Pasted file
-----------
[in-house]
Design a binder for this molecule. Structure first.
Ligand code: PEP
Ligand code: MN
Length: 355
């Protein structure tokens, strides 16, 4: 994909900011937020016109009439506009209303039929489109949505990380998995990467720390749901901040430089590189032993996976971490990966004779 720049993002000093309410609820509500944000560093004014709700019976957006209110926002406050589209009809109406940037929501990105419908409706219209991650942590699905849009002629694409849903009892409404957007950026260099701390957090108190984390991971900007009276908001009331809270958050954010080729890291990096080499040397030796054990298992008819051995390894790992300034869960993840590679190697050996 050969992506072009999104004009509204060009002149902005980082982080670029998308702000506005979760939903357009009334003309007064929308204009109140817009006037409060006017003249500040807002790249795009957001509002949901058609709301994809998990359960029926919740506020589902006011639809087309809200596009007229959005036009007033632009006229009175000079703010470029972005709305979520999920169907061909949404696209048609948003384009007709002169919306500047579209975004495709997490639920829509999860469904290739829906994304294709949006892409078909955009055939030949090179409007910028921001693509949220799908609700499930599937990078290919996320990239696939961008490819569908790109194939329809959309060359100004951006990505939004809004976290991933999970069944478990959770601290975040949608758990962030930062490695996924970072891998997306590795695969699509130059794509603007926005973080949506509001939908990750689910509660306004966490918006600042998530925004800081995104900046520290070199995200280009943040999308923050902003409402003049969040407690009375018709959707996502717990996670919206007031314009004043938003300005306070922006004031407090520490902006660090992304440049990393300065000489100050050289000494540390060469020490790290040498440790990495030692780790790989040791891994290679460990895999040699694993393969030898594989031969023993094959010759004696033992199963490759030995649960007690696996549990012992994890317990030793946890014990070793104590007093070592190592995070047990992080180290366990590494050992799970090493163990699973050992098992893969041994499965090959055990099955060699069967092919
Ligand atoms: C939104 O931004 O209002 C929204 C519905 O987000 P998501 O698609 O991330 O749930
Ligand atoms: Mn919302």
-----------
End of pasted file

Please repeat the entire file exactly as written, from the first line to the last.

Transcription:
[in-house]
Design a binder for this molecule. Structure first.
Ligand code: PEP
Ligand code: MN
Length: 355
């Protein structure tokens, strides 16, 4: 994909900011937020016109009439506009209303039929489109949505990380998995990467720390749901901040430089590189032993996976971490990966004779 720049993002000093309410609820509500944000560093004014709700019976957006209110926002406050589209009809109406940037929501990105419908409706219209991650942590699905849009002629694409849903009892409404957007950026260099701390957090108190984390991971900007009276908001009331809270958050954010080729890291990096080499040397030796054990298992008819051995390894790992300034869960993840590679190697050996 050969992506072009999104004009509204060009002149902005980082982080670029998308702000506005979760939903357009009334003309007064929308204009109140817009006037409060006017003249500040807002790249795009957001509002949901058609709301994809998990359960029926919740506020589902006011639809087309809200596009007229959005036009007033632009006229009175000079703010470029972005709305979520999920169907061909949404696209048609948003384009007709002169919306500047579209975004495709997490639920829509999860469904290739829906994304294709949006892409078909955009055939030949090179409007910028921001693509949220799908609700499930599937990078290919996320990239696939961008490819569908790109194939329809959309060359100004951006990505939004809004976290991933999970069944478990959770601290975040949608758990962030930062490695996924970072891998997306590795695969699509130059794509603007926005973080949506509001939908990750689910509660306004966490918006600042998530925004800081995104900046520290070199995200280009943040999308923050902003409402003049969040407690009375018709959707996502717990996670919206007031314009004043938003300005306070922006004031407090520490902006660090992304440049990393300065000489100050050289000494540390060469020490790290040498440790990495030692780790790989040791891994290679460990895999040699694993393969030898594989031969023993094959010759004696033992199963490759030995649960007690696996549990012992994890317990030793946890014990070793104590007093070592190592995070047990992080180290366990590494050992799970090493163990699973050992098992893969041994499965090959055990099955060699069967092919
Ligand atoms: C939104 O931004 O209002 C929204 C519905 O987000 P998501 O698609 O991330 O749930
Ligand atoms: Mn919302």